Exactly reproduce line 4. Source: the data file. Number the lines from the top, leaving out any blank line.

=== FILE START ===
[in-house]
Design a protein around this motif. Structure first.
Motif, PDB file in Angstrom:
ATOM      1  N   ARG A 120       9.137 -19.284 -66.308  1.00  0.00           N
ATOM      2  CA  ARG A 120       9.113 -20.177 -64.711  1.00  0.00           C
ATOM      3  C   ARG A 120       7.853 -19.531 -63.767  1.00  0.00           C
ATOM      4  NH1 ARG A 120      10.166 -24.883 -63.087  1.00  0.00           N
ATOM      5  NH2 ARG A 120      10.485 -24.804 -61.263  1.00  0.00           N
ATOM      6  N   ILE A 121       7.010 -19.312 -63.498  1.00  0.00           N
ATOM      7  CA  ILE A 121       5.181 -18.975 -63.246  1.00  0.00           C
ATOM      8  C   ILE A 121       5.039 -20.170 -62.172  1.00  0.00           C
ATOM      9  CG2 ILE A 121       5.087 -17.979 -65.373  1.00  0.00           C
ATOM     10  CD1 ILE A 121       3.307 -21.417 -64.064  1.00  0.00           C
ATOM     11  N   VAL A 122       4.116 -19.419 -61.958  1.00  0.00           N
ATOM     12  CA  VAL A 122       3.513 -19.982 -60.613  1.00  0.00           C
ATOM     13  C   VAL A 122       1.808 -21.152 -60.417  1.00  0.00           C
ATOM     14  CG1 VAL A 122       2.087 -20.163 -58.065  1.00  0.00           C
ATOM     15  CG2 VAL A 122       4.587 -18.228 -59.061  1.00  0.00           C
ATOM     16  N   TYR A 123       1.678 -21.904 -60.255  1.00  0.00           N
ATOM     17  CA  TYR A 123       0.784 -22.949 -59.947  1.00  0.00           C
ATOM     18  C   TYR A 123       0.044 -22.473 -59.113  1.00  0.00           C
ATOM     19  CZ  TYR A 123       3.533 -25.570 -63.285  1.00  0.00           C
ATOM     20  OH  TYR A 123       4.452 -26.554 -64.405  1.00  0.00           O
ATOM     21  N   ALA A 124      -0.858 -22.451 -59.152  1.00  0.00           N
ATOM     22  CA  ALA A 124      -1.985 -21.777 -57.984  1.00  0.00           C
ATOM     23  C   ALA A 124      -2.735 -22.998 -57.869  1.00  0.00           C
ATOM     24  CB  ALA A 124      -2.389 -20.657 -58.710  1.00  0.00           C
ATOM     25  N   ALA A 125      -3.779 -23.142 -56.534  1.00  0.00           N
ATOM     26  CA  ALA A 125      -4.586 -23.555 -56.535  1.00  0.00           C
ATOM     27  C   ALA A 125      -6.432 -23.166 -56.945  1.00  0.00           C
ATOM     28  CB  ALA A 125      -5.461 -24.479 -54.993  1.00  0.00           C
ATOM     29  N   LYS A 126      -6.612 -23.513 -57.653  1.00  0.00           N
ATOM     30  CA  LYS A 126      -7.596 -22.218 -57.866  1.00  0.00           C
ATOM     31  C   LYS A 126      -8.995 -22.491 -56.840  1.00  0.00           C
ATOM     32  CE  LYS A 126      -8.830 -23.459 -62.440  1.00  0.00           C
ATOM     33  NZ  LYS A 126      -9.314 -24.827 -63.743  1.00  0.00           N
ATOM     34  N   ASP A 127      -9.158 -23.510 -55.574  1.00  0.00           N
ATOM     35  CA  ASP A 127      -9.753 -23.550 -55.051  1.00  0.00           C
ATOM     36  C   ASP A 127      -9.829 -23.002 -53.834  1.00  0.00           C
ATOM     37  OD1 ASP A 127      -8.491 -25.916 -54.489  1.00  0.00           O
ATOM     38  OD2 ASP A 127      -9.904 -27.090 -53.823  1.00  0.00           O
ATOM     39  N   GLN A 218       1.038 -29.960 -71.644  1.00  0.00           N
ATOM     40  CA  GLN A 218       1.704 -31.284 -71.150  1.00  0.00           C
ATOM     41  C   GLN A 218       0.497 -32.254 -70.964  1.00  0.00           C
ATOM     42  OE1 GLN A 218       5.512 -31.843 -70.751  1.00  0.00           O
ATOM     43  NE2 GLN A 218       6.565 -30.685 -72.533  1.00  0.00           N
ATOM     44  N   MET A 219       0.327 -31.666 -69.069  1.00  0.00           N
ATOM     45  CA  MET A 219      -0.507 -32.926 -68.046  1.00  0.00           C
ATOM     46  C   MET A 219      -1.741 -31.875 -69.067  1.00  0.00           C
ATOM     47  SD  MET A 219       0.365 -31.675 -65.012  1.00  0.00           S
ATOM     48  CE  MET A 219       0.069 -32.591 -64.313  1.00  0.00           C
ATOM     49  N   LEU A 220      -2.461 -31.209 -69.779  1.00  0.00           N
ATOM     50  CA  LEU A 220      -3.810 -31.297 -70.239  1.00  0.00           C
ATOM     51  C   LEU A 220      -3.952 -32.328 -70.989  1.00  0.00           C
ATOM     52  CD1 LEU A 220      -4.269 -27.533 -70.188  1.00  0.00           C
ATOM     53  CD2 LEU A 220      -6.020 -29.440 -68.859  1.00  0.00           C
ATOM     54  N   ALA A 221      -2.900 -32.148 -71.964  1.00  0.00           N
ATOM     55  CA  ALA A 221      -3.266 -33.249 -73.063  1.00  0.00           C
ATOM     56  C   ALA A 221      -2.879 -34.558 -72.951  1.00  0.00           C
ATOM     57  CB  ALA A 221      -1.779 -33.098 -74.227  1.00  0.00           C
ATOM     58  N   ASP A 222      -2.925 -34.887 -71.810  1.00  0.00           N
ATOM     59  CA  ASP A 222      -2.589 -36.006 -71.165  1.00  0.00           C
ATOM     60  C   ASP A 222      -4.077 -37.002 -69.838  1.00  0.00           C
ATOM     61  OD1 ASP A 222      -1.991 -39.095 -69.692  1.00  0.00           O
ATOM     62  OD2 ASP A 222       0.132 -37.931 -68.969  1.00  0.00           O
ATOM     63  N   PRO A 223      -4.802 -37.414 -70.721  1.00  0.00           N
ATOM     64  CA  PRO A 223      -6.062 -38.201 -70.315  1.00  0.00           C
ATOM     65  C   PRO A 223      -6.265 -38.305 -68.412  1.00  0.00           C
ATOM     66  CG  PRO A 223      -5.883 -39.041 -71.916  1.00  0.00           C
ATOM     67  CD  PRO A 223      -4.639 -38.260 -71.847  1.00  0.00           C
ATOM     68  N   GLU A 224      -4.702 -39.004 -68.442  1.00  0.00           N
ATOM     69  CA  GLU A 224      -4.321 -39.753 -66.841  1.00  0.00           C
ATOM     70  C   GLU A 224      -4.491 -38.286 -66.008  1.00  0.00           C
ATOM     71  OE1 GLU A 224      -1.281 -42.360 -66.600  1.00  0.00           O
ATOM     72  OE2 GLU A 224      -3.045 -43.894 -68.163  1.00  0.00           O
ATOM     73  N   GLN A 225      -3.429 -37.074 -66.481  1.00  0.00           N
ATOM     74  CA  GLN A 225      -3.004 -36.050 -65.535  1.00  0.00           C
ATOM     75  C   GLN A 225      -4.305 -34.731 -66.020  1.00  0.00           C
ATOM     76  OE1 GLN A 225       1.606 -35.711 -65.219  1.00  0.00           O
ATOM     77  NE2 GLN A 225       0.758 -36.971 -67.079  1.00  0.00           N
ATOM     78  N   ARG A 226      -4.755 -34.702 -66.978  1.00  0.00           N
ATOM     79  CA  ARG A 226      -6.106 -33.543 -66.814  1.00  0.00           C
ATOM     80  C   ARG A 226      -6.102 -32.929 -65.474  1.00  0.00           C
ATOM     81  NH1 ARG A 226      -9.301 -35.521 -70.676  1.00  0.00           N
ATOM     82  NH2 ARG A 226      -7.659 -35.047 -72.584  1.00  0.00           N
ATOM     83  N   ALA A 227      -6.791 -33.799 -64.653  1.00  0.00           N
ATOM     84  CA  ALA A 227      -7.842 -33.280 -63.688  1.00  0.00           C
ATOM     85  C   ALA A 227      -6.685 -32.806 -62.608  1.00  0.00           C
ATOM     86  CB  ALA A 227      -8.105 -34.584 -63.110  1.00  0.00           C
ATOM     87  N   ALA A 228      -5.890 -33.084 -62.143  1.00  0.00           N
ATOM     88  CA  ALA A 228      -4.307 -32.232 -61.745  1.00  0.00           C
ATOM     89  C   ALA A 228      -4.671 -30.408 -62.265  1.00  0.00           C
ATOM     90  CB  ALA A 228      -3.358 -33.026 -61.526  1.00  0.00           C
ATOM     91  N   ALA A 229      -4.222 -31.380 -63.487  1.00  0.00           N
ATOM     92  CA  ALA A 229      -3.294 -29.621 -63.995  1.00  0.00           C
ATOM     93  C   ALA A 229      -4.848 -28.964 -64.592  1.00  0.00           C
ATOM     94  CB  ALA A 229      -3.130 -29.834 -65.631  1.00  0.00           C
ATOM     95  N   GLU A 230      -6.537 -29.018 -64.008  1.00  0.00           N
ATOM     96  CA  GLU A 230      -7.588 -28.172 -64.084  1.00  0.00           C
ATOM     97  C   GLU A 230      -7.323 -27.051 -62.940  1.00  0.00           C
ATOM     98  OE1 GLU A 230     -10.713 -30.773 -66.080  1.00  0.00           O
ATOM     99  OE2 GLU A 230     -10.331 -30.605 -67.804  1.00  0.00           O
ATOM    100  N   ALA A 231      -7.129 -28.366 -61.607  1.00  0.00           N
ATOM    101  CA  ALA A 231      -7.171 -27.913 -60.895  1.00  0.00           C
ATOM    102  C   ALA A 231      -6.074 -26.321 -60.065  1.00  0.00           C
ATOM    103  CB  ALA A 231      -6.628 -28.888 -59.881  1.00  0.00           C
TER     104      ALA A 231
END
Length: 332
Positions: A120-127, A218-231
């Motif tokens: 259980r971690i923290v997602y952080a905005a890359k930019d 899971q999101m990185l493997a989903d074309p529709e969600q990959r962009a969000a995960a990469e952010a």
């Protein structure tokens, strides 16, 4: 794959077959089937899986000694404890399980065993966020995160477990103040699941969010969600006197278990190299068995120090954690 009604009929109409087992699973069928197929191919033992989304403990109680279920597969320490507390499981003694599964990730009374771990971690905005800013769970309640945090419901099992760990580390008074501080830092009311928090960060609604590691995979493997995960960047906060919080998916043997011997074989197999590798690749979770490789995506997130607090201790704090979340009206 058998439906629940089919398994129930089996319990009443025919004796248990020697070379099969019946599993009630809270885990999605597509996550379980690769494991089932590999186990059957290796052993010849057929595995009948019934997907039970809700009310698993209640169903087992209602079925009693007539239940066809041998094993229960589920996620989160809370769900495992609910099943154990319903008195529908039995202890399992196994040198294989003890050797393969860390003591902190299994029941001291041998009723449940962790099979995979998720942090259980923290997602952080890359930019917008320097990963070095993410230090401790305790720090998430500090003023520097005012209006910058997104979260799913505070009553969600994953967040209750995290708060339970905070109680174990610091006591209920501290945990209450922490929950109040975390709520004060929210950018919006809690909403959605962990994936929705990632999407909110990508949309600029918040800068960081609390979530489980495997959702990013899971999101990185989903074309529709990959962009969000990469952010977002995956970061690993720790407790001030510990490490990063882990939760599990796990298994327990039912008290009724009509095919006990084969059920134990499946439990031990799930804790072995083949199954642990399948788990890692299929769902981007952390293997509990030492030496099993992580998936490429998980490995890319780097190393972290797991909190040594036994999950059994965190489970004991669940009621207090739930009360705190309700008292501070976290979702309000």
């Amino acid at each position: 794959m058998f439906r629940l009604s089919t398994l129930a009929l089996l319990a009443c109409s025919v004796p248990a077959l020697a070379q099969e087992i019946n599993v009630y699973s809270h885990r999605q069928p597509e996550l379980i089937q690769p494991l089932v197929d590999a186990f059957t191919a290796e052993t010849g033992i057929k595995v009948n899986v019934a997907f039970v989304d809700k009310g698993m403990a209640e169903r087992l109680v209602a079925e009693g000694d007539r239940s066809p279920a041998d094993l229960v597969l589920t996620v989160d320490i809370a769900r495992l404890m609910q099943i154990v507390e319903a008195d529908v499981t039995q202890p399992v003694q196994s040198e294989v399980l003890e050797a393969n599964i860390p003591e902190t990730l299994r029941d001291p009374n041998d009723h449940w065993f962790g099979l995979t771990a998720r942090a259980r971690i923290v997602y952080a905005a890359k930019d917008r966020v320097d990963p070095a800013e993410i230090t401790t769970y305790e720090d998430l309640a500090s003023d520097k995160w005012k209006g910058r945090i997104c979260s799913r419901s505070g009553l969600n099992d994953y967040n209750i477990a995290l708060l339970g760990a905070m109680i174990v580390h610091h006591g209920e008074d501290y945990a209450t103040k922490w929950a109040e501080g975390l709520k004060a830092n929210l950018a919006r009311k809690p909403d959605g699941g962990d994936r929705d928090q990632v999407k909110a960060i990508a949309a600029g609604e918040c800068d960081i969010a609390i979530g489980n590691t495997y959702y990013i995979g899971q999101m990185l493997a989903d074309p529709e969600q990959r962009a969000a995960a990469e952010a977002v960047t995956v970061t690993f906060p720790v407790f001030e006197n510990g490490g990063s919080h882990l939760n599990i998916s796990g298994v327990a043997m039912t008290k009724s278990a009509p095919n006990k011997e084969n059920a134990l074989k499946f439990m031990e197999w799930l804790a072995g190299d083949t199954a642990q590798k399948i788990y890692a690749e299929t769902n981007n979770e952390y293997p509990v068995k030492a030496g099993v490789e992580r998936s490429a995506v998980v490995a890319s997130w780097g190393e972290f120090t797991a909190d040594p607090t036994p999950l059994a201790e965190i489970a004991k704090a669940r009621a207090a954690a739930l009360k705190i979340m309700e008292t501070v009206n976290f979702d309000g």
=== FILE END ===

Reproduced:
ATOM      1  N   ARG A 120       9.137 -19.284 -66.308  1.00  0.00           N